When evacuation was ordered last Monday ahead of Hurricane Dorian, some Hilton Head residents of the reptile variety heeded the warning.
Sea Turtle Patrol Hilton Head Island posted a photograph to its Facebook page showing more than a dozen loggerhead sea turtle hatchlings waddling their way to sea.
The post, with the caption “Loggerhead sea turtle hatchlings comply with mandatory evacuation order,” seemed to make an otherwise stressed and anxious Lowcountry community smile for moment. The post was shared more than 2,000 times and had 1,200 likes and close to 100 comments.
The photo was taken during the group’s final patrol before the storm was set to roll through, said Amber Kuehn, marine biologist and director of the nonprofit patrol.
In preparation for whatever Dorian would bring, the patrol took extra time to pound the poles marking the nests further into the sand in hopes that the water wouldn’t wash away the markers.
“They are hard to find without the poles, but we have GPS on all of them and will find them either way,” Kuehn said.
About 90 nests were left on the beach Monday, she said, and Turtle Patrol members went out Friday to check on the status of each of them. During that initial assessment, the team found all the nests but two, Kuehn said.
She said there’s no way to know the “success” of the individual nests until they’re allowed to inventory them at 70 days.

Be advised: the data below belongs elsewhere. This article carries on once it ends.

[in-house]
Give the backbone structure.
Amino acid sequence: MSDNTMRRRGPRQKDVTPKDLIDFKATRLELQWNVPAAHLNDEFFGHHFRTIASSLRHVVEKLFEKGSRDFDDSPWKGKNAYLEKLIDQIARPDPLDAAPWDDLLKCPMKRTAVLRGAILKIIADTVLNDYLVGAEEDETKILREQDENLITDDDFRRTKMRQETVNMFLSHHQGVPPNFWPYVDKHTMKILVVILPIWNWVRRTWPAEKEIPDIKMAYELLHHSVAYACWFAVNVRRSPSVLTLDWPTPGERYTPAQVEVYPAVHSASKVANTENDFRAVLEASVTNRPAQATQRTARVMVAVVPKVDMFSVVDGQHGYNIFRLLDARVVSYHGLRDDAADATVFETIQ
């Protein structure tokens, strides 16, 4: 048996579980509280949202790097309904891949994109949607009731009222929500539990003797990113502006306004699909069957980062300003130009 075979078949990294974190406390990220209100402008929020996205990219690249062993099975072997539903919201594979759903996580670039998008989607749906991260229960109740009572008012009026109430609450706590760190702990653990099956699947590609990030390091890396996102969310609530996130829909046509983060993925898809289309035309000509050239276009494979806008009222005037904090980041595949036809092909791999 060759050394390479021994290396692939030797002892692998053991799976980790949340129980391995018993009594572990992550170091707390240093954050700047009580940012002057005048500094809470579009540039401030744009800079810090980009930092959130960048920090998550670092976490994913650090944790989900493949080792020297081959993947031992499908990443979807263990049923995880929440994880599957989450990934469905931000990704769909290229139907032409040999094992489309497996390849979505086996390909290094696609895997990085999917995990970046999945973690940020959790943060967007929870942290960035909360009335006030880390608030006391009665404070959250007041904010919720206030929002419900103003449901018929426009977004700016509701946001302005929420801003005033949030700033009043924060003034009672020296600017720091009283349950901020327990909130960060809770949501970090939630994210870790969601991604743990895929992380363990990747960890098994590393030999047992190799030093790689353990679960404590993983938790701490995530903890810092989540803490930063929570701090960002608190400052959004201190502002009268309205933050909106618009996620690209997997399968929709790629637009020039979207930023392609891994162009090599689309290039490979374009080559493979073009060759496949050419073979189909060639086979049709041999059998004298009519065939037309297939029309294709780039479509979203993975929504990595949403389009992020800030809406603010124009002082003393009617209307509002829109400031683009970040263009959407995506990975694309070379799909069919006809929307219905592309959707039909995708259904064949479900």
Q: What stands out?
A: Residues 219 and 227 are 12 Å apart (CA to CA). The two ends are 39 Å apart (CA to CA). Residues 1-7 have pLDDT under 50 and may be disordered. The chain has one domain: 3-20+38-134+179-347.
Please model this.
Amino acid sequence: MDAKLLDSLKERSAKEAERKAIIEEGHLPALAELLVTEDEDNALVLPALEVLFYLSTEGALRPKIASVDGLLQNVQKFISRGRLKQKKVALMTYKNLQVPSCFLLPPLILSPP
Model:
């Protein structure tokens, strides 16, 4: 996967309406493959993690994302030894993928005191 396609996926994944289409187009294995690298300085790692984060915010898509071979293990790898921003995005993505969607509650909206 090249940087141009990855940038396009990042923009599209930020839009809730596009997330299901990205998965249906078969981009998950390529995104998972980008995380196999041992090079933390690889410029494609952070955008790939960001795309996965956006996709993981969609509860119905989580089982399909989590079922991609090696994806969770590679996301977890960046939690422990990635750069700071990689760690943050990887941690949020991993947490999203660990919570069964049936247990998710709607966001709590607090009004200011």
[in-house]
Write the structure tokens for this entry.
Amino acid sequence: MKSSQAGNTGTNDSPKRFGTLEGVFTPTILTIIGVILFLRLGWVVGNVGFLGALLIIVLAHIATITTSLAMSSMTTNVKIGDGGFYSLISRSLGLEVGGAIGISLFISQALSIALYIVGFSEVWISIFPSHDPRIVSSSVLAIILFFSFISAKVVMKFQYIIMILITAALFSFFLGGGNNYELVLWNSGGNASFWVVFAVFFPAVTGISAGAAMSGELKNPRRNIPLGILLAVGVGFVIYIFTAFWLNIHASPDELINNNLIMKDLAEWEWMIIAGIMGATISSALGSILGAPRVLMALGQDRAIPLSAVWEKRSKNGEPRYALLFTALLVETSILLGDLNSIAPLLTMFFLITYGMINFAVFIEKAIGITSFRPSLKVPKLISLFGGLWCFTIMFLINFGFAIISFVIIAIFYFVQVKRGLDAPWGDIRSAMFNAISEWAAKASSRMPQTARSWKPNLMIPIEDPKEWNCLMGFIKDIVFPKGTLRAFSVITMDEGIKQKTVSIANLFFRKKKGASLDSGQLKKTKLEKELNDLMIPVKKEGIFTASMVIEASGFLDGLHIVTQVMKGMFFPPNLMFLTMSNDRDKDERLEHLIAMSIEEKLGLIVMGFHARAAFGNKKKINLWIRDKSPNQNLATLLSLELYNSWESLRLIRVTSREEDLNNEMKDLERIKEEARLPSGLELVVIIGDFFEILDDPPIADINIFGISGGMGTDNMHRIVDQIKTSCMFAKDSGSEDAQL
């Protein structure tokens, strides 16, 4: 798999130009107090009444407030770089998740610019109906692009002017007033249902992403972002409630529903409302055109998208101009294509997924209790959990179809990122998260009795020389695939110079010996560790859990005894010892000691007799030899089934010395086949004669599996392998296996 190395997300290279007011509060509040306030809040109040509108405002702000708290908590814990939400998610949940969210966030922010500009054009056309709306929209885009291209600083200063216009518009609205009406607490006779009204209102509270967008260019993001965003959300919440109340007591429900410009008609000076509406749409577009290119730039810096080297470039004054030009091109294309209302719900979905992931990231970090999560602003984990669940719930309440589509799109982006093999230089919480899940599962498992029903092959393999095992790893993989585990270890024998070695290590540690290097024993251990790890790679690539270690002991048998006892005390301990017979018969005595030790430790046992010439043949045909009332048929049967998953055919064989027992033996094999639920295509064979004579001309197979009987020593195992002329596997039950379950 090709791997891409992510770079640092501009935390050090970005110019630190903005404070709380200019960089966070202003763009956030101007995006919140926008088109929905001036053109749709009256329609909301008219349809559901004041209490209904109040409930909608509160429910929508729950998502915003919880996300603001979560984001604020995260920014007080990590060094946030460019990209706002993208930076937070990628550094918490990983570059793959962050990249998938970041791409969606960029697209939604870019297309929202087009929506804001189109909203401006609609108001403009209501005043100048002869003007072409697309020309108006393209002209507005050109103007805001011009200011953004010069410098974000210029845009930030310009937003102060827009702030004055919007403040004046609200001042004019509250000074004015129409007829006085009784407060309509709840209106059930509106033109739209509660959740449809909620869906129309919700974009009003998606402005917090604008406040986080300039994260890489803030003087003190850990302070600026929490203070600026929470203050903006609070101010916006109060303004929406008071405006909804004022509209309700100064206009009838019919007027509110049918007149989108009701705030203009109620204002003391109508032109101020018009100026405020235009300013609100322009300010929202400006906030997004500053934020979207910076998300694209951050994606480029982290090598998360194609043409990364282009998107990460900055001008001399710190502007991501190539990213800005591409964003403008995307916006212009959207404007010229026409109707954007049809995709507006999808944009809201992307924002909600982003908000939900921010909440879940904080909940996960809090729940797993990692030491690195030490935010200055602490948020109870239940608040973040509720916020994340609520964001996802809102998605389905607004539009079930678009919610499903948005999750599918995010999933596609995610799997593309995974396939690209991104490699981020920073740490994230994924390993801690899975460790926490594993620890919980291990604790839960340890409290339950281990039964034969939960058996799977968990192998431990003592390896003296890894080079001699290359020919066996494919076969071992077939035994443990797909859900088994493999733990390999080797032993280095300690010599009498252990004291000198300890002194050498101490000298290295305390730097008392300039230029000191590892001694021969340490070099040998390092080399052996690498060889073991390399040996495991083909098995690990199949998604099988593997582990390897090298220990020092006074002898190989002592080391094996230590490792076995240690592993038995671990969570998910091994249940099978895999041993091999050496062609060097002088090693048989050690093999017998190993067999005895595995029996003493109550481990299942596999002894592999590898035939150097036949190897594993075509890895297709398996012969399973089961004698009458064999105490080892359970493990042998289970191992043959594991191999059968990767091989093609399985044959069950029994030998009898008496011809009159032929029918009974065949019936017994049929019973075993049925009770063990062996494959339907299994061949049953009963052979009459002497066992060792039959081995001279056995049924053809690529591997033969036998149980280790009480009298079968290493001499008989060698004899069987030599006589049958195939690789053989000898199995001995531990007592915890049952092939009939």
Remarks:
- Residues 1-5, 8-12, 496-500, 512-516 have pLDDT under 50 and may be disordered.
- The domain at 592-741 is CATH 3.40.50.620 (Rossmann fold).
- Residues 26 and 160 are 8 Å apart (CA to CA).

“These evaluations can sometimes reveal that the nest hatched while we were away,” Kuehn explained.
It’s been a record-setting year for sea turtle nests across the Carolinas.
On Friday, another post on the Hilton Head group’s Facebook page reported that nearly 30,500 hatchlings had emerged from nests on Hilton Head Island this season.
Kuehn explained that nests that were washed over by the tide could be fine if the tide went right back out.
“If they sat underwater for any amount of time, they are drowned,” she said.
Friends of Hunting Island Sea Turtle Conservation Project posted a rundown of the 47 known nests remaining on that beach at the time of the storm evacuation.
Of those, at least 9 nests were washed away by the storm. About a dozen others were known to be washed over but still could hatch.
“More damage and debris on Park roads than on beach,” the post reads. “Storm surge tides didn’t get much higher than last weeks king tide!”
The king tides — exceptionally high tides when the moon is closest to the Earth — were tough on Harbor Island’s sea turtle nests, said Jan Grimsley, one of the permit holders and volunteers with the Harbor Island Turtle Program.
Volunteers, who had just gotten electricity and water back in their homes, were out on Harbor Island’s beach assessing nests just before midday Saturday.
“I can say that we have been able to find several that we marked,” Grimsley said. “We are hoping.”